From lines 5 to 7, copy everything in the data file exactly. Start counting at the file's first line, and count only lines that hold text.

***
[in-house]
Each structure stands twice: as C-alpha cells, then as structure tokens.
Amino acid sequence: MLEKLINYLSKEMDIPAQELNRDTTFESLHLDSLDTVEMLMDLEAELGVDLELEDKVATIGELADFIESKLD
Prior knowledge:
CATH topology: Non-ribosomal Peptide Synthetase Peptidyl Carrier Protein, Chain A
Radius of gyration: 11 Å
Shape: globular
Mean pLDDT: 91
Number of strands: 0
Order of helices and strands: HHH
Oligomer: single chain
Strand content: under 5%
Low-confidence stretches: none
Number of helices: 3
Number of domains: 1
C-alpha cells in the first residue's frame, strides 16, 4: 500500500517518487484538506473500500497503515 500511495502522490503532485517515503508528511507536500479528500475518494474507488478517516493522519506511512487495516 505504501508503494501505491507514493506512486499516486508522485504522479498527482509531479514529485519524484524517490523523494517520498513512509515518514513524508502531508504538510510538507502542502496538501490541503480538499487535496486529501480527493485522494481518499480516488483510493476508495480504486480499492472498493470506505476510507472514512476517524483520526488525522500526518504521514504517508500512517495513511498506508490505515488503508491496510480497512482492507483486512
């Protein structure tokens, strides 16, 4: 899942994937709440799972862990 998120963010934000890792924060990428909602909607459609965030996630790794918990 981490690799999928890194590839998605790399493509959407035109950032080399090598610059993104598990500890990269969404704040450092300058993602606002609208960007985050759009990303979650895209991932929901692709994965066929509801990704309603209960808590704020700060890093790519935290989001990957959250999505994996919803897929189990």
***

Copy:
CATH topology: Non-ribosomal Peptide Synthetase Peptidyl Carrier Protein, Chain A
Radius of gyration: 11 Å
Shape: globular